Oil, Gas Operations Can Benefit from Microbiome Research

Oil, Gas Operations Can Benefit from Microbiome Research
The oil and gas industry is just scratching the surface in how microbiomes impact operations, experts say.

Interest in exploring the influence that microorganisms have on human health, food production and climate change has grown in recent years, thanks to improvements in genome-sequencing, imaging and computing tools. The U.S. government’s National Microbiome Initiative – which will attempt to map and study microbiomes, or collections of microorganisms in a particular environment –  is a recent example of this exploration effort.

Industry insiders say that greater understanding of the microorganisms found in oil and gas microbiomes not only can help the oil and gas industry increase operational safety, but enhance productivity and efficiency.

Exploration and production sites are prime areas for microbes to grow, Christina Pampena, field marketing manager for Dow Microbial Control, told Rigzone. These microbes form biofilms that negatively impact the quality and quantity of hydrocarbon production. This is turn can drive up costs during the production phase of operations.

Microorganisms are involved in souring of production, or hydrogen sulfide (H2S) production,that accompanies oil and gas production. A corrosive, poisonous and flammable gas, H2S presents a health hazard to oilfield workers. Souring and microbiologically-influenced corrosion (MIC) are two major issues that oil and gas producers must address to maintain safe and efficient operations, Richard Eckert, a senior principal engineer with DNV GL, told Rigzone in an interview.

The issues of MIC have been well-known in the industry for some time, but Pampena notes that industry is still in the “growth curve of learning” in its understanding of biofouling and flooding. MIC has BEEN named as the culprit behind loss of containment incidents in oil and gas pipeline systems, Eckert said. In crude oil pipelines, MIC is more likely to occur where flow rates are low or where lines are shut-in for long periods of time, creating dead legs. Under these conditions, the water and solids in the crude oil settle to the bottom of the pipe and create conditions that increase the potential for MIC, Eckert stated.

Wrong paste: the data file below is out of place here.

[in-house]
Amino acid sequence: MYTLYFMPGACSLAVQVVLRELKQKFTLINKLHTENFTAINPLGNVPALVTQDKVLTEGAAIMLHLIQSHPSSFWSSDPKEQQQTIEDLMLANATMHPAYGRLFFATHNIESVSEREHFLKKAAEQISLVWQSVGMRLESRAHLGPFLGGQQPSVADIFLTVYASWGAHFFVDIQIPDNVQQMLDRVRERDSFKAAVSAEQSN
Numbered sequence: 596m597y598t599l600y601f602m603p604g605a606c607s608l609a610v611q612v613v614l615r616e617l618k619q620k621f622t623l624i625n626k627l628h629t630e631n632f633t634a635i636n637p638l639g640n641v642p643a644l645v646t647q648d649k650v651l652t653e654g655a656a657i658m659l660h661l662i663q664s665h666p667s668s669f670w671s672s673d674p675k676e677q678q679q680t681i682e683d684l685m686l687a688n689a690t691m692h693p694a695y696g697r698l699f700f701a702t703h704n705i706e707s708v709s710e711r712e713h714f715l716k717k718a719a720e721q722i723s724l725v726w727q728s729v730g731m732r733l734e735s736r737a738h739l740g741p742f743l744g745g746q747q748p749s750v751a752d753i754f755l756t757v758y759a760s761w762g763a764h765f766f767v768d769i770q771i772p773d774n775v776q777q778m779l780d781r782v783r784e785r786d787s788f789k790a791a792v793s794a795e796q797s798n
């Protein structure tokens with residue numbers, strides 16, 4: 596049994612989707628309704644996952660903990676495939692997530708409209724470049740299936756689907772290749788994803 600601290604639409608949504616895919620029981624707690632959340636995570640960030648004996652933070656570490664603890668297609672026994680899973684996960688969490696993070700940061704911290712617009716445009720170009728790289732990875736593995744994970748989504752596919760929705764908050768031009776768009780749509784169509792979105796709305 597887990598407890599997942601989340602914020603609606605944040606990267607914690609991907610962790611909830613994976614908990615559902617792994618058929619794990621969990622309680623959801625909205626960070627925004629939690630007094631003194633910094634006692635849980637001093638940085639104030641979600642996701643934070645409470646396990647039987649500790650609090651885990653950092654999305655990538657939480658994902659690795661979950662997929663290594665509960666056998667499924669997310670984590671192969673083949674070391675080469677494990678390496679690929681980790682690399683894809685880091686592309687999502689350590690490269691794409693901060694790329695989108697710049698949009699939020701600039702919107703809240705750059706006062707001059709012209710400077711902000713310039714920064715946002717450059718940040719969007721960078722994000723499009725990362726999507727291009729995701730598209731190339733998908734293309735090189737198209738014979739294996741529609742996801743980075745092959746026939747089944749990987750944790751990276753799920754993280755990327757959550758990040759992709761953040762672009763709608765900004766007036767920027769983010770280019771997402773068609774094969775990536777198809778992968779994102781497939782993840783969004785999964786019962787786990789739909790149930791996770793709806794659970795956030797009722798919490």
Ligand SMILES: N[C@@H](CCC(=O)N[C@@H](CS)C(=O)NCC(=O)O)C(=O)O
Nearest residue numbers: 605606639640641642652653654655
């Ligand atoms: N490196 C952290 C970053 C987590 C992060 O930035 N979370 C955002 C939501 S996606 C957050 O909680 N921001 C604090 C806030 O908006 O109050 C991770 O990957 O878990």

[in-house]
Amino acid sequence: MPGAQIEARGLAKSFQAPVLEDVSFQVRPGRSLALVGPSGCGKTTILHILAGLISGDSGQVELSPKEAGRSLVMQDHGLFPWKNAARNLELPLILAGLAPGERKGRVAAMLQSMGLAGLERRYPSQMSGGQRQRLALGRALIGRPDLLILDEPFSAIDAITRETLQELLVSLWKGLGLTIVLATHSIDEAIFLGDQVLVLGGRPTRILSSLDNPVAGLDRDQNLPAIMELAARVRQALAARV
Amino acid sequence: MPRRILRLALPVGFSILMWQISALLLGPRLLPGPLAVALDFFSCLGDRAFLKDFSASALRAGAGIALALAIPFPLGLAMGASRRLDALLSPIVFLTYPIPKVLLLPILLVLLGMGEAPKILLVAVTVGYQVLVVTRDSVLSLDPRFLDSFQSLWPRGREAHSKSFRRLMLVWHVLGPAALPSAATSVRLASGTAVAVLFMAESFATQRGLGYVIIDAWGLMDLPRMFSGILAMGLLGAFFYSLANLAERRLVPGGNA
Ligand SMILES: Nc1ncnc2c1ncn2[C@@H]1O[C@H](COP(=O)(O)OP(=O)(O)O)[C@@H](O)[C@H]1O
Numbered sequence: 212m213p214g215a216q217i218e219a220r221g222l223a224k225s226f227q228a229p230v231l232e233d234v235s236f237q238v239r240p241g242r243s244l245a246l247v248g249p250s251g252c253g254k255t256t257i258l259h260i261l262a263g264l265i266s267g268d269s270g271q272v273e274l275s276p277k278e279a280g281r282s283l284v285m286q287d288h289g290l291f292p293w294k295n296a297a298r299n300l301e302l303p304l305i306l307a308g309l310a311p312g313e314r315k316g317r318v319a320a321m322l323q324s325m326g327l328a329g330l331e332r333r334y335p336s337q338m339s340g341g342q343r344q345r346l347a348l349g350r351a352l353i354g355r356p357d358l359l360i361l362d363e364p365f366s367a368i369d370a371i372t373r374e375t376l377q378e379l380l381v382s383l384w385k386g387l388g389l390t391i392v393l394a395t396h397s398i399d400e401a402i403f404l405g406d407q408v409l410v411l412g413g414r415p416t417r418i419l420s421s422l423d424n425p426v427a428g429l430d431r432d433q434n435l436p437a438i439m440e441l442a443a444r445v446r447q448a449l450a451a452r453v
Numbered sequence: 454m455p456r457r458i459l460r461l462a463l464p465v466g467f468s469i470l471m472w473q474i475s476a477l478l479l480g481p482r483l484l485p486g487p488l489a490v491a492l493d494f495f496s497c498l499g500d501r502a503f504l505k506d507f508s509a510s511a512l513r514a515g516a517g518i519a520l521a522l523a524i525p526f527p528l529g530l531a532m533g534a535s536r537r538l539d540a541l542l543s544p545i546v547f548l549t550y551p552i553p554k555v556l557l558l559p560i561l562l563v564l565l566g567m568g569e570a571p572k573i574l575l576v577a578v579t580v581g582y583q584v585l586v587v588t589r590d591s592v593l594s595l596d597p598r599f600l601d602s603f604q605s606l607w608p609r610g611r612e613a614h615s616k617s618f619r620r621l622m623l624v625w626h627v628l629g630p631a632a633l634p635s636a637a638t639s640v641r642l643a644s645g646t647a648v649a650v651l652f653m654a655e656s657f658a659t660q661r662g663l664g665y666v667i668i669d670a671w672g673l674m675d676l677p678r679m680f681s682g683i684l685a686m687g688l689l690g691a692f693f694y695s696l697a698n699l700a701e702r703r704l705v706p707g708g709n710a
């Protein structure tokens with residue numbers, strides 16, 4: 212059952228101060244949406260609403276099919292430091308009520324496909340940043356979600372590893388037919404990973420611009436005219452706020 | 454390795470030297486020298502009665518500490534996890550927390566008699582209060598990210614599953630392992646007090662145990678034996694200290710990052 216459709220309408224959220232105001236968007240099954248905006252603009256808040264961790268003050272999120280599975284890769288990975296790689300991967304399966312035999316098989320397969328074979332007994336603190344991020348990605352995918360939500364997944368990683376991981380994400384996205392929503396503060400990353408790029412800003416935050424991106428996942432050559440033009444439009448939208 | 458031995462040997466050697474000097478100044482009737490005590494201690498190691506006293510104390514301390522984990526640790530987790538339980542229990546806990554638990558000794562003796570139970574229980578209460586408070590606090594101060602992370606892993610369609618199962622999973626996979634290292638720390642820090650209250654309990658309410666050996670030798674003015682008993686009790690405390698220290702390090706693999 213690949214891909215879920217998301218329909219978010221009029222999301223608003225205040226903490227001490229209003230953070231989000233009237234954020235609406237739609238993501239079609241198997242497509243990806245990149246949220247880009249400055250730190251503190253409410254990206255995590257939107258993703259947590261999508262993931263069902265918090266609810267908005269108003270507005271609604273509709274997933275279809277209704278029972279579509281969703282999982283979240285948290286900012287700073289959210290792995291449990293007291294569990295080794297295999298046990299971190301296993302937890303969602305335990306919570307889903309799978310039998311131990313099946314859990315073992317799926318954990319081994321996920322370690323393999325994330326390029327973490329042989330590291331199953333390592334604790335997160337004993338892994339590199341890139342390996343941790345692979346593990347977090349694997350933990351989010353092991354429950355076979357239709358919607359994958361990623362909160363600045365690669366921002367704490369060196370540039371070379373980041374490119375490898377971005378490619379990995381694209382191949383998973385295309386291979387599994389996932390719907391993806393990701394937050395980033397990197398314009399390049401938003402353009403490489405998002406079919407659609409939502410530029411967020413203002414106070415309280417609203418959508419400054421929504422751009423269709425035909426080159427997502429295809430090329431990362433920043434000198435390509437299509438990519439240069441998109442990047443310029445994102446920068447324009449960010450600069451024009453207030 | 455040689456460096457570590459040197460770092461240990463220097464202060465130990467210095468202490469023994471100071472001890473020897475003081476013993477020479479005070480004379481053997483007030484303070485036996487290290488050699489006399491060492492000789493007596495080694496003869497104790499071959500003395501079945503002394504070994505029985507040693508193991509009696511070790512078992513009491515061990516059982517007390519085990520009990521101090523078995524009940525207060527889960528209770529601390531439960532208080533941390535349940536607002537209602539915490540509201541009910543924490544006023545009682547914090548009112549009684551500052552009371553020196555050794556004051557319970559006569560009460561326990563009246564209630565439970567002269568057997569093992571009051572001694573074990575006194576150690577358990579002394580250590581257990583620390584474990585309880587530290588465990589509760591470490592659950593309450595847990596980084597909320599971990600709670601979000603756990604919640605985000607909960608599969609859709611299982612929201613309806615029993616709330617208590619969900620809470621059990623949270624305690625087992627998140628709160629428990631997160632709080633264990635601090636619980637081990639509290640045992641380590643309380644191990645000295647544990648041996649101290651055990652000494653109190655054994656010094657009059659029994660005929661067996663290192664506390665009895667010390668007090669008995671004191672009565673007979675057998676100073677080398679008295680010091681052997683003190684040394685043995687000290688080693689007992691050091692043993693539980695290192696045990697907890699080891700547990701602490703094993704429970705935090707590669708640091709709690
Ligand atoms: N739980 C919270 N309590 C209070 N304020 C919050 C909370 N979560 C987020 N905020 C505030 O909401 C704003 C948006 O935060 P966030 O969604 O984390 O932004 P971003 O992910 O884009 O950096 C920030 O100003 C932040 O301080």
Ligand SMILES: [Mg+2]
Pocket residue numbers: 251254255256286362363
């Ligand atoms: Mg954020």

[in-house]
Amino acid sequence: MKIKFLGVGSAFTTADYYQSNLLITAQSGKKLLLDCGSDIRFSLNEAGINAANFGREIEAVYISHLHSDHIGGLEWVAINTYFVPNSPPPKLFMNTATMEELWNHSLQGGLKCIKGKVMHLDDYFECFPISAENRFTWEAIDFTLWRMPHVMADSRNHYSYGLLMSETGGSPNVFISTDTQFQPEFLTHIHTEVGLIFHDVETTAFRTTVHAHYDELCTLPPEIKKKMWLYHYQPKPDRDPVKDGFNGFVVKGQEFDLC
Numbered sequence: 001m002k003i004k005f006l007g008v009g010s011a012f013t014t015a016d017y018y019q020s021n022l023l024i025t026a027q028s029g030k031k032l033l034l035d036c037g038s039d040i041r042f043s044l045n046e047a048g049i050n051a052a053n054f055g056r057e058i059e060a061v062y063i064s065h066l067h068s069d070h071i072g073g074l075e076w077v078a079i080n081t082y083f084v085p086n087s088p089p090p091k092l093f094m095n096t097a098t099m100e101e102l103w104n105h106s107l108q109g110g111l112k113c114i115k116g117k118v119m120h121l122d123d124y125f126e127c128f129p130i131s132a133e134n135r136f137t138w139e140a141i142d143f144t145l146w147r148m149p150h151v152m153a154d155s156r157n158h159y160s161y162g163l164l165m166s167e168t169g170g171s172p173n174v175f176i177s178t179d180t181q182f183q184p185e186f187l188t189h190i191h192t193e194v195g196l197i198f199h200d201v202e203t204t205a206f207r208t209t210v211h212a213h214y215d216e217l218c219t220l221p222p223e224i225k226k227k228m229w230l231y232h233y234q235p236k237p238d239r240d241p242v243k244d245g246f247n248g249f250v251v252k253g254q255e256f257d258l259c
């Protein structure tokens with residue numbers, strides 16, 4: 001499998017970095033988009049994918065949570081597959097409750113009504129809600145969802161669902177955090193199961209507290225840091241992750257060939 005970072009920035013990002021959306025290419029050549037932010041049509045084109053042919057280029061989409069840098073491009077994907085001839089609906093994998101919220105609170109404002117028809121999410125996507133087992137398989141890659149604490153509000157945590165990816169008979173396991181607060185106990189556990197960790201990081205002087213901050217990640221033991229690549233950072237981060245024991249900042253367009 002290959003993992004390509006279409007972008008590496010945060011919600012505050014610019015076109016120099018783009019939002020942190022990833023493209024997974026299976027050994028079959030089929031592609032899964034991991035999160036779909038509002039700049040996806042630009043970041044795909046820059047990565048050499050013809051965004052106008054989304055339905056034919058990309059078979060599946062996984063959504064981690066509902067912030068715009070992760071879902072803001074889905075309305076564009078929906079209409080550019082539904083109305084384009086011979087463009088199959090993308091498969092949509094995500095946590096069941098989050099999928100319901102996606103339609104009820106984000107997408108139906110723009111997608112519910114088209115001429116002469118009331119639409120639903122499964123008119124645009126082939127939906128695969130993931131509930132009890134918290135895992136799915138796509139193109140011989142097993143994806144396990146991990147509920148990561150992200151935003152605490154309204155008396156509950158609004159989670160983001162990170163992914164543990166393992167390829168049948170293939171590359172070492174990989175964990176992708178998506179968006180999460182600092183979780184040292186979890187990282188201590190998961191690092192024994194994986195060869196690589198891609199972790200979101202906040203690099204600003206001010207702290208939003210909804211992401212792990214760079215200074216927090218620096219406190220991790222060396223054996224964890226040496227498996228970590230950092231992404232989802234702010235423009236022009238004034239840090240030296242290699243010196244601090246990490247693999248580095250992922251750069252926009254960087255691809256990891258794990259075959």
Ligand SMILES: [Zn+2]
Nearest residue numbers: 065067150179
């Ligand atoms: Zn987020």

Richard Eckert
Richard Eckert, Senior Principal Engineer, DNV GL
Senior Principal Engineer, DNV GL

According to NACE International’s 2016 IMPACT Study, corrosion costs the global oil and gas industry an estimated $2.5 trillion a year. This cost doesn’t include the safety and environmental impacts of corrosion. MIC accounts for 10 to 20 percent of those costs.

“The costs associated with souring and fouling are unknown, but it is safe to say that millions of dollars are spent every year in mitigating these microbiological threats to asset integrity and operation,” said Eckert.

These mitigation efforts include the running of cleaning pigs, injecting biocides and inhibitors, running in-line inspection tools, and monitoring the effectiveness of mitigation using coupons, chemical composition analysis, and microbiological analysis. The use of corrosion resistant alloys that are three or more times as expensive as carbon steels can reduce the likelihood of MIC damage or materials degradation due to H2S response, Eckert said. However, few materials exist that are completely resistant to MIC.

Even before the downturn, Dow was seeing an interest in a more integrated approach to controlling microbes, Pampena said, as companies realized that action taken at the front end of drilling and completion has implications for the production phase.

“At this time in the oil and gas industry, companies are looking for efficiency as they seek to reduce operating and capital expenditures,” Pampena explained. “While cost reduction has been a major focus of industry due to the oil price downturn, efficiency is not always about reduced costs, but using tools in a more efficient manner.”

The scientific tools and analyses needed to characterize and understand how genes function have been evolving, and they have also become more accessible to those seeking to study microbiomes, Eckert noted. Industry and government agencies have been working on microbiological corrosion, souring and fouling problems for decades using the best technology available to them at the time, Eckert stated. Independent research and joint industry projects also are taking place internally.

“Today they are using the latest techniques such as qualitative polymerase chain reaction and next generation sequencing to look at these problems in new ways,” Eckert explained. “We now have huge databases that can be used to analyze test results and match genetic sequences to known references to help identify microorganisms present in a sample.”

However, interpreting the data from these methods is complicated because microorganisms exhibit different behaviors and synergies depending upon the environment, Eckert explained. Hence, more work is needed to fully understand microbiomes in order for the oil and gas industry to reap more benefits.


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Karen Boman has more than 10 years of experience covering the upstream oil and gas sector. Email Karen at kboman@rigzone.com

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